By: Steven Nelms
The facts of the matter are thus:
- The first graduating class of Plano Senior High School began a tradition in 1976 of donning one and only one distinguishing white stole to recognize those who graduating with a GPA of 3.6 or higher, signifying a graduation “With Honors”.
- This tradition has been reviewed, voted upon, and upheld by Student Congress twice; once in 2004 and again in 2008. With a new generation of students may come a reconvening of Student Congress to vote upon this decision.
- For the last 40 years not one club or organization has been recognized by any regalia, cords, or stoles at Plano Senior High graduation.
Those are the facts. Do not confuse the issue as one of administrative oppression or favoring inclusiveness above recognition. The fact is that final GPAs have been posted for over a week and students have been reminded to obtain their white stoles by the deadline to be worn at graduation so that they may be recognized for their academic achievement.
And yet, it seems that the headlines beg the question. They assert, before having ever said anything of substance (if indeed they ever get around to it), that valuing inclusiveness in a student body is a sin above all other sins; that the school is smearing individuality; that conformity is being forced; that egos need coddling; and that Plano Senior High is unwilling to recognize a higher standard. Let me be transparent. I am a Plano Senior High alumni, class of ’08. I went to a four year university right out of high school, the first two years of which were of little challenge for me because of the education and preparation I received at Plano Senior High. In the cafeteria, by a large and impressive case of trophies, reads the phrase “A Tradition of Excellence”. That is what Plano Senior High represents. It is a school that holds the highest standard for academic achievement. It has one of the highest graduation rates in the country, some of the highest pass rates for AP testing, and has had multiple candidates for the district’s Teacher of the Year (the winner of which this year was one of the math teachers, Mr. Yee, from PSHS). To insinuate in any way that Plano Senior is not a school that not only values, but insists upon excellence and high achievement is smearing a school’s name that has done nothing less than encourage each and every student to be just a little better.
Now let’s return to the discussion of inclusiveness being such a terrible thing. Where has our value for camaraderie gone? Where has our value for unity gone? Why is it that we are so willing to sacrifice continuity on the altar of individuality? I am not saying that the individual is not incredibly important and should not be challenged uniquely to reach their individual goals. But to say that it is a “bad lesson” or that it is wrong to value inclusiveness is saying something very different. It’s saying that team work isn’t as important as personal stats. It’s saying that standing together isn’t as important as standing out. It’s saying having each other’s backs isn’t as important as having more or having the best. We are breeding a culture that looks down on shared success and would rather see a single victor.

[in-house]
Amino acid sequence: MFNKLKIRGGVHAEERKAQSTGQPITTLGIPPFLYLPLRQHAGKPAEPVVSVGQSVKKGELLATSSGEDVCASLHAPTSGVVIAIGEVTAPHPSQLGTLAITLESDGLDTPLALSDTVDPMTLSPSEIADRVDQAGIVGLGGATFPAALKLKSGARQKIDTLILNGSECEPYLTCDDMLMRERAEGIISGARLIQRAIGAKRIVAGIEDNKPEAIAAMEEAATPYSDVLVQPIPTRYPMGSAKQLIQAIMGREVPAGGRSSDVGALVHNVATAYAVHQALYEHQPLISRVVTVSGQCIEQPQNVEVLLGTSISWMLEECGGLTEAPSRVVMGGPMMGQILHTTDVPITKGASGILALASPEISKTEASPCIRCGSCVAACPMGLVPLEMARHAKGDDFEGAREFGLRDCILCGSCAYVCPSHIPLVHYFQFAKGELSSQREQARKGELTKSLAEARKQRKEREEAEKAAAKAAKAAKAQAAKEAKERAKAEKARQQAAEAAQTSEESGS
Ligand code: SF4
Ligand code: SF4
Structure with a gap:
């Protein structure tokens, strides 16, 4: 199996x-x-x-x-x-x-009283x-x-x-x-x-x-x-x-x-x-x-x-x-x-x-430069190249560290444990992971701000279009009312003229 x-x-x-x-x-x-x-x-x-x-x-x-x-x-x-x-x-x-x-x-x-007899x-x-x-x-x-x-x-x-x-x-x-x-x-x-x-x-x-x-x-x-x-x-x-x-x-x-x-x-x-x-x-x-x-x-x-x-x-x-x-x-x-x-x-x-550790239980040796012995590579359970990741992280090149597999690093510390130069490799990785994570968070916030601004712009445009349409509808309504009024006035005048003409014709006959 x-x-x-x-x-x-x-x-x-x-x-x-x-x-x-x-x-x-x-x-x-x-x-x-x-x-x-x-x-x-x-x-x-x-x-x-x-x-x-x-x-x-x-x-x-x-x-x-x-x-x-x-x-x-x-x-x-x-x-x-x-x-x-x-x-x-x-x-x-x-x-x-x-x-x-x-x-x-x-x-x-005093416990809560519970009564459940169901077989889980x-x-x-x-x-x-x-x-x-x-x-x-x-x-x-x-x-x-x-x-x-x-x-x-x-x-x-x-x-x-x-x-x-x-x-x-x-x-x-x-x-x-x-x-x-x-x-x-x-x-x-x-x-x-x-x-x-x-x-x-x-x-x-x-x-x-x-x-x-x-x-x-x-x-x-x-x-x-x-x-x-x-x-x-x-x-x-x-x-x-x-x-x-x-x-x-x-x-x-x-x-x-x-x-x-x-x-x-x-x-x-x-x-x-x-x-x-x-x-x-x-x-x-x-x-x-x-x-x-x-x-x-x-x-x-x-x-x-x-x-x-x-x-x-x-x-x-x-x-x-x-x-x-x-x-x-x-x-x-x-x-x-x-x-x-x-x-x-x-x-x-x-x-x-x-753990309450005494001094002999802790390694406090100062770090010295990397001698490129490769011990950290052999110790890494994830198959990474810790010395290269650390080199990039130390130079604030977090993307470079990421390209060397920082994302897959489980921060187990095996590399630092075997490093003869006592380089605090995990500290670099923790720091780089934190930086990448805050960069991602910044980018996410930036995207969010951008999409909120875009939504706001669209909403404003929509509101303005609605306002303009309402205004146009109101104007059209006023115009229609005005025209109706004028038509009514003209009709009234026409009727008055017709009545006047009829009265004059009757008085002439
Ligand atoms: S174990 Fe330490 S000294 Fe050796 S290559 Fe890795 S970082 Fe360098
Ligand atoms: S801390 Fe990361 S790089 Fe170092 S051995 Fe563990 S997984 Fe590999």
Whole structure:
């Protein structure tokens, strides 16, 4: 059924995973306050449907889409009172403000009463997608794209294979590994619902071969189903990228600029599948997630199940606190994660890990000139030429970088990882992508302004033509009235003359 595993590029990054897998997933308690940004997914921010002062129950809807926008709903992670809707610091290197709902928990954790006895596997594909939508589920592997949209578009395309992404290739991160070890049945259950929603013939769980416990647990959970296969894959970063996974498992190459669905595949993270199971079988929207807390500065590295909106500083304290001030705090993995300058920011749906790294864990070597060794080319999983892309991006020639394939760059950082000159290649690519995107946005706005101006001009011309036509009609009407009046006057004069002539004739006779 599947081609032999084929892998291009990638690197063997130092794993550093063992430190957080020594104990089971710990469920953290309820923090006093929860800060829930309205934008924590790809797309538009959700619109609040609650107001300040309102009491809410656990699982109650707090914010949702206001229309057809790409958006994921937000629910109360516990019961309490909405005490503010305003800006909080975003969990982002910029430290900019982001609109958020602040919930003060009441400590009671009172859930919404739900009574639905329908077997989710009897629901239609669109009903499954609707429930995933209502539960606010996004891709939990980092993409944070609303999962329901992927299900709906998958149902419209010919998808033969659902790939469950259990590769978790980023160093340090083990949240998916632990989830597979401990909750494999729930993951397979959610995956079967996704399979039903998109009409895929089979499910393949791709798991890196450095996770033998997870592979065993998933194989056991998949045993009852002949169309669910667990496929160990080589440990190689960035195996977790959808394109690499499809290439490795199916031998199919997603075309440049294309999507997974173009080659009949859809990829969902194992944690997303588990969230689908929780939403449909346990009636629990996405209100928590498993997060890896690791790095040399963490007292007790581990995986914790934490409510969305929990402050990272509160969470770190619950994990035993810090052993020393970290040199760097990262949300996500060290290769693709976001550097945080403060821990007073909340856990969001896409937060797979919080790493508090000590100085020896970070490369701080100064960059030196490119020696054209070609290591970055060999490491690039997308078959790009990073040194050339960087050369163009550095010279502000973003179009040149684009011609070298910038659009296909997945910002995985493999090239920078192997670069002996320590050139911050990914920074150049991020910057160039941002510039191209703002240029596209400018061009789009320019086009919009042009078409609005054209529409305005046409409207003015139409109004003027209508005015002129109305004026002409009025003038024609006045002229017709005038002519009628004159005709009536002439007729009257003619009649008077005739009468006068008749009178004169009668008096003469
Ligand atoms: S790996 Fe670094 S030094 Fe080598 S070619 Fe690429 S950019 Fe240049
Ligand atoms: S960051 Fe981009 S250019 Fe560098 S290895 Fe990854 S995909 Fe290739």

When I look out over the graduation of the class of 2016 from Plano Senior High School, I will see one body. I will see a population of students who are willing to stand together in solidarity wearing their maroon robes with a smaller population of exemplary students donning their white stoles. No other acknowledgment is necessary. No other exclusivity is required. Because the heart is that they are most proud to be a Plano Wildcat and it is that image that they are most interested in exhibiting. It is a sad thing that unity can be so easily stomped underfoot when we’ve allowed ourselves to be convinced that the most common denominator is not worth celebrating. The most common denominator is that we are Wildcats. Not members of this or that organization. Not presidents of this or that club. Not officers of this or that class. We are Wildcats and we are proud of it. The expression of that solidarity is a tradition. That tradition is worth celebrating.
The reality is, no student who performed highly in academic achievement will be deprived of being appropriately acknowledged. The decision to not allow club or organization specific regalia will be upheld. Individual achievement will still be recognized, but not to the specificity that some students would like. But I think the question is worth posing: Why are we so scared of being another face in the crowd if that crowd is one we ought to be proud to be a part of? I graduated with honors and wore the white stole. But I was more proud to be wearing the maroon robe than the white stole. I’m not against recognizing personal achievements. But I am against the idea that we deserve to be recognized for personal achievements. Because what that teaches the next generation is that their work is only as valuable as the recognition they receive publicly. Is that the message we want to send? Is it what we want taught? Is that what will actually produce a better society?